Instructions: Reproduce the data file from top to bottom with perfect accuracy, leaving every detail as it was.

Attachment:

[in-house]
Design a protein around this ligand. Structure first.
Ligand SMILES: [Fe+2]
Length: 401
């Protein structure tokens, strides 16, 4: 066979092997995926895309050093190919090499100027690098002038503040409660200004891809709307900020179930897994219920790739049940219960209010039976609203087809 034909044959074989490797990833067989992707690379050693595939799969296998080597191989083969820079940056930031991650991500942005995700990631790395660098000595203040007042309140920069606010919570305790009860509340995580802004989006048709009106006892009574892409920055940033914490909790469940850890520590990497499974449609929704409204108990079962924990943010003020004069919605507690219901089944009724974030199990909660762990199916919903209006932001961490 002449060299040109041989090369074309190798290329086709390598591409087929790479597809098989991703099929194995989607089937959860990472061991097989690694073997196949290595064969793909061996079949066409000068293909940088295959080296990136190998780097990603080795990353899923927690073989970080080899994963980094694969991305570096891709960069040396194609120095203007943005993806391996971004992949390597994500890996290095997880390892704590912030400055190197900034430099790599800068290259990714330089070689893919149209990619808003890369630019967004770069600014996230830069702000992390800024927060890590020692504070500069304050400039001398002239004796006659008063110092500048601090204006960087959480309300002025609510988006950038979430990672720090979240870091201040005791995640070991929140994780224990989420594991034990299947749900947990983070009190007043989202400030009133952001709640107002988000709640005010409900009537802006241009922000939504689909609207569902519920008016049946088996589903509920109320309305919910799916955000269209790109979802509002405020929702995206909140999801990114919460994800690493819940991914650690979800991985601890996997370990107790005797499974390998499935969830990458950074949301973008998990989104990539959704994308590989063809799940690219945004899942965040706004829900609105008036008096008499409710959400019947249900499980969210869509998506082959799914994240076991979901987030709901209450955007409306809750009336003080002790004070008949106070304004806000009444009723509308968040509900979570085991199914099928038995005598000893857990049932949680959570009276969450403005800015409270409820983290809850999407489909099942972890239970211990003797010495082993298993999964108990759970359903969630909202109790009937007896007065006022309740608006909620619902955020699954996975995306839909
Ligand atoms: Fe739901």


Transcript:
[in-house]
Design a protein around this ligand. Structure first.
Ligand SMILES: [Fe+2]
Length: 401
């Protein structure tokens, strides 16, 4: 066979092997995926895309050093190919090499100027690098002038503040409660200004891809709307900020179930897994219920790739049940219960209010039976609203087809 034909044959074989490797990833067989992707690379050693595939799969296998080597191989083969820079940056930031991650991500942005995700990631790395660098000595203040007042309140920069606010919570305790009860509340995580802004989006048709009106006892009574892409920055940033914490909790469940850890520590990497499974449609929704409204108990079962924990943010003020004069919605507690219901089944009724974030199990909660762990199916919903209006932001961490 002449060299040109041989090369074309190798290329086709390598591409087929790479597809098989991703099929194995989607089937959860990472061991097989690694073997196949290595064969793909061996079949066409000068293909940088295959080296990136190998780097990603080795990353899923927690073989970080080899994963980094694969991305570096891709960069040396194609120095203007943005993806391996971004992949390597994500890996290095997880390892704590912030400055190197900034430099790599800068290259990714330089070689893919149209990619808003890369630019967004770069600014996230830069702000992390800024927060890590020692504070500069304050400039001398002239004796006659008063110092500048601090204006960087959480309300002025609510988006950038979430990672720090979240870091201040005791995640070991929140994780224990989420594991034990299947749900947990983070009190007043989202400030009133952001709640107002988000709640005010409900009537802006241009922000939504689909609207569902519920008016049946088996589903509920109320309305919910799916955000269209790109979802509002405020929702995206909140999801990114919460994800690493819940991914650690979800991985601890996997370990107790005797499974390998499935969830990458950074949301973008998990989104990539959704994308590989063809799940690219945004899942965040706004829900609105008036008096008499409710959400019947249900499980969210869509998506082959799914994240076991979901987030709901209450955007409306809750009336003080002790004070008949106070304004806000009444009723509308968040509900979570085991199914099928038995005598000893857990049932949680959570009276969450403005800015409270409820983290809850999407489909099942972890239970211990003797010495082993298993999964108990759970359903969630909202109790009937007896007065006022309740608006909620619902955020699954996975995306839909
Ligand atoms: Fe739901």